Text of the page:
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Sequential or Simultaneous Bilingualism: Which Is Better for Your Child?

Bilingual Children

The world is becoming an increasingly interconnected global village, which has prompted parents to take drastic action for their children’s bright future.

Introducing their children to a second language is a common phenomenon among parents today.  Sometimes it happens because more than one language is spoken in a family. Parents want the children to learn both languages and become connected to their culture and heritage.

Although promoting multilingualism in your children is a great way to expose them to different cultures and make them more confident and accepting, it also comes with a set of challenges.

Besides the usual difficulties of learning a new language, parents also face a tough decision on whether their child should learn both in parallel or let the children learn one language before starting to learn the next one.

Sequential Bilingualism

Sequential bilingualism is when children learn the first language before the second language. Parents often start with the majority language first and introduce the minority language at a later stage.

This establishes firm learning of the first language and prevents burdening the children too much. However, it’s a wide known fact that children learn better in their formative years.

So, although they learn the first language without much difficulty, a lot of effort and time will go into learning the second language when they start at a later age.

Simultaneous Bilingualism

Simultaneous bilingualism is when children acquire the first and second languages concurrently. It’s a more natural way of teaching children multiple languages before the age of three.

As young children learn at home, parents need to foster a creative and engaging learning environment for them. It’s important to give equal exposure of both languages to the children to establish a firm foundation.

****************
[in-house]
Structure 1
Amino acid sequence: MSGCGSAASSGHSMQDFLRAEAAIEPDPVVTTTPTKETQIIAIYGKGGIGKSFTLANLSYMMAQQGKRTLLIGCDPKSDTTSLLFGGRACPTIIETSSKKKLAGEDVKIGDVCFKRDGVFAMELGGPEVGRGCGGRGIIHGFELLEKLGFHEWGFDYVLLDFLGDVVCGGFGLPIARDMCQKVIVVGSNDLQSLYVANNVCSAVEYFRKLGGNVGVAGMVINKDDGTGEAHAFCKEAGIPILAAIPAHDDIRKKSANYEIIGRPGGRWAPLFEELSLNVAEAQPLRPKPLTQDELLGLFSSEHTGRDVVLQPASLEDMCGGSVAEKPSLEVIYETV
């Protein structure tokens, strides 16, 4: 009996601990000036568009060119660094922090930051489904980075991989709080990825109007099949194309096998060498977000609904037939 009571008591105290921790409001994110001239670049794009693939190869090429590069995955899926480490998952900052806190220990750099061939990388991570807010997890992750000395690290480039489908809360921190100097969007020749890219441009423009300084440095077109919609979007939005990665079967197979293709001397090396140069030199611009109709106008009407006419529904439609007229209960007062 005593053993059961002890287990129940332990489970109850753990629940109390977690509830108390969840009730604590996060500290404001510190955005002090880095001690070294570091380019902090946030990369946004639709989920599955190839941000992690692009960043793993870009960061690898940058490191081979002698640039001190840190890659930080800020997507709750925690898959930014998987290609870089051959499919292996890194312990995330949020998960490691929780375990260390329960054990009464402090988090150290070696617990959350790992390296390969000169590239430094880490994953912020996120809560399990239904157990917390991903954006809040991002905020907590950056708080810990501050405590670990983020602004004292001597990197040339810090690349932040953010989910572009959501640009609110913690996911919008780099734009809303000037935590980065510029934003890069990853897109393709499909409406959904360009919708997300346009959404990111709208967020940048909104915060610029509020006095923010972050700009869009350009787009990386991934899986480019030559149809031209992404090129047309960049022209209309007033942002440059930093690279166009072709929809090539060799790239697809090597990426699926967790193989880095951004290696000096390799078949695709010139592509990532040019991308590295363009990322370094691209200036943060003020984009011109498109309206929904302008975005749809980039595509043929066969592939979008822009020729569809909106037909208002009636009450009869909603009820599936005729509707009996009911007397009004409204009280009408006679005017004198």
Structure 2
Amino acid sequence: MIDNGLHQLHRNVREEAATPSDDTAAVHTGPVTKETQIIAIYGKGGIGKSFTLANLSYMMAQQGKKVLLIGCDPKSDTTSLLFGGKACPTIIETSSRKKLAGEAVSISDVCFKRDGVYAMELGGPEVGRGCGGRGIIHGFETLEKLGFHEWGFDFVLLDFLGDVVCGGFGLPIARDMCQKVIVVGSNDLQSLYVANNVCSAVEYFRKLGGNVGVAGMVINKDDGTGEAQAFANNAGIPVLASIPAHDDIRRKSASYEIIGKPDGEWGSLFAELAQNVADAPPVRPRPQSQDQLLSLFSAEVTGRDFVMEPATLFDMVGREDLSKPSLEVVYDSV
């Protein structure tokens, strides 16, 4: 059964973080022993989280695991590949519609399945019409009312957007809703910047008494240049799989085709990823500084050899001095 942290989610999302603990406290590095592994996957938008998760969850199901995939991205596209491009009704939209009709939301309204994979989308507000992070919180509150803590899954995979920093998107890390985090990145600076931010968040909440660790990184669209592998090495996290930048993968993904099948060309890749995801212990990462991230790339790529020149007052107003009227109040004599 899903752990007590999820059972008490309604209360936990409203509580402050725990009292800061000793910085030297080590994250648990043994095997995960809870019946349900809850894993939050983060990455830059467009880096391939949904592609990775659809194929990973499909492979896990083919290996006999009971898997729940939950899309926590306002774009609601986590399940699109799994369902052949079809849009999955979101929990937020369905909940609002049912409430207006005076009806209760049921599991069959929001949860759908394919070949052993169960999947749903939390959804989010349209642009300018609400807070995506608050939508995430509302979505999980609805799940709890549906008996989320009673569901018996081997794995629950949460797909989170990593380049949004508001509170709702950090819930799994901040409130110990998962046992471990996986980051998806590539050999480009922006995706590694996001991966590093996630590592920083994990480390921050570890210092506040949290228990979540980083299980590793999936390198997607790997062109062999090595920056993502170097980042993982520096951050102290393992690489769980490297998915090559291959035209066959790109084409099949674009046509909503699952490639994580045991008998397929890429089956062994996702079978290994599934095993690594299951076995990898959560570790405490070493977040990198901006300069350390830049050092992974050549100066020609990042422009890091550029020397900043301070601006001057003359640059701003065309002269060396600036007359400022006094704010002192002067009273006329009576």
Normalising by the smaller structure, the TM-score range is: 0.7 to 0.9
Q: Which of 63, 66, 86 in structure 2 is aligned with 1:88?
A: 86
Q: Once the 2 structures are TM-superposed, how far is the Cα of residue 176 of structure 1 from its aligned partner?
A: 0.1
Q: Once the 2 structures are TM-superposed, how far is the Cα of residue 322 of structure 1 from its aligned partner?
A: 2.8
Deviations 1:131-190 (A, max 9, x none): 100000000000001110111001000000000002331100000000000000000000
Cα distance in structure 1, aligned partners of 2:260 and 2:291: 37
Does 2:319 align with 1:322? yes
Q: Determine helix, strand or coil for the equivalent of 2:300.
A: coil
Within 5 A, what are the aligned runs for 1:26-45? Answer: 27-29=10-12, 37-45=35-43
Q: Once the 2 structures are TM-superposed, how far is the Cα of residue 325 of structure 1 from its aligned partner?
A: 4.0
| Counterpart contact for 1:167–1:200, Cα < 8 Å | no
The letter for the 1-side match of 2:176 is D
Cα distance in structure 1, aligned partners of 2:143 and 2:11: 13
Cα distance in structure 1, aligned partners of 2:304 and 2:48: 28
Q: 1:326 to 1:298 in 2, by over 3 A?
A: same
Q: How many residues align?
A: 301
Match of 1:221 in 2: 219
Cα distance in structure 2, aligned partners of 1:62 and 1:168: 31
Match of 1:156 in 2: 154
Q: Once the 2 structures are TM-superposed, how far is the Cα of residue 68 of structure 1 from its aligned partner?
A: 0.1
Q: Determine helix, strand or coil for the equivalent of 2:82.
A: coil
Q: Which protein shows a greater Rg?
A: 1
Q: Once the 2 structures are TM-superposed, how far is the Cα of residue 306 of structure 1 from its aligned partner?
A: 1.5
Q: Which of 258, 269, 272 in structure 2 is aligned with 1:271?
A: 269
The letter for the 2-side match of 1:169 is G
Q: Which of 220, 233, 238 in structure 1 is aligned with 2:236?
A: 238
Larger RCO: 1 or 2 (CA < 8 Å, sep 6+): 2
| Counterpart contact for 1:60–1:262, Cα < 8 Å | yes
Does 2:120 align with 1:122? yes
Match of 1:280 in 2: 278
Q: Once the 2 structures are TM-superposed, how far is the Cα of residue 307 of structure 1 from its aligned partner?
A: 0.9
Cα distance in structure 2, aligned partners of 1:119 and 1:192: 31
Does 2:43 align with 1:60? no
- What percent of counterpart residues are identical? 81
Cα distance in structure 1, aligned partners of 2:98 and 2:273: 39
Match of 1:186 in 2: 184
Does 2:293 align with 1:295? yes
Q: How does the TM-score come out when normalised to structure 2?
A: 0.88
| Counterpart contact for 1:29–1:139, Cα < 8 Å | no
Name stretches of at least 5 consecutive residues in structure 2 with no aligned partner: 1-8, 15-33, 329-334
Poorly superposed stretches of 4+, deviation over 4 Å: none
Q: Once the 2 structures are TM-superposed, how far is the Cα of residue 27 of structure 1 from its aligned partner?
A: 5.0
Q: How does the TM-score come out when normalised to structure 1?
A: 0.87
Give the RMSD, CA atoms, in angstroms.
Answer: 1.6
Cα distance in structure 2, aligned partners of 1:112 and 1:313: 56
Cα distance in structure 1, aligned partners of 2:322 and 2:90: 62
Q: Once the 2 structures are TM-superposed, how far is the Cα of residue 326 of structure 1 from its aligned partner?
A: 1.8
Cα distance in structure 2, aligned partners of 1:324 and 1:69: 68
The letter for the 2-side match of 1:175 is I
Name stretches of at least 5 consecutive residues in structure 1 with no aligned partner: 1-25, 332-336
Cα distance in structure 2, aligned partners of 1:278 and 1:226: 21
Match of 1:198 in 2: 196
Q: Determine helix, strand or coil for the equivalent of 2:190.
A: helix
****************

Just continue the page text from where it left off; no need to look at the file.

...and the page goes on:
Plus, when children start at a young age, they learn faster and pick up things rapidly. Learning two languages at once won’t be much of a problem for young children. They can easily strengthen their languages as they grow older.

Bilingual Children

Bottom line

No matter which route you choose, it does not affect whether a child becomes a balanced bilingual or not.

Both methods have their pros and cons, and there are various factors at play:

  • At what age are the children exposed to one new language
  • The amount of time
  • Degrees of exposure
  • Which language takes precedence
  • Communication skills
  • Parents language skills
  • A bilingual school
  • Reading and writing

It is important to consider these factors carefully before you embark on the journey of teaching your children a second language.

Buy Multilingual Storybooks For Kids

The Cat, the Fish, and the Waiter is a multilingual storybook for kids that teaches them three languages. You can order a copy of the children’s book online today and encourage your children on the road to bilingualism.

Visit our website to place an order.

 

 

 

Disclaimer: Please note that this content has been proofread manually and through grammar checkers to eliminate all spacing errors. Any spacing errors you may come across are due to compatibility issues in Microsoft Word.

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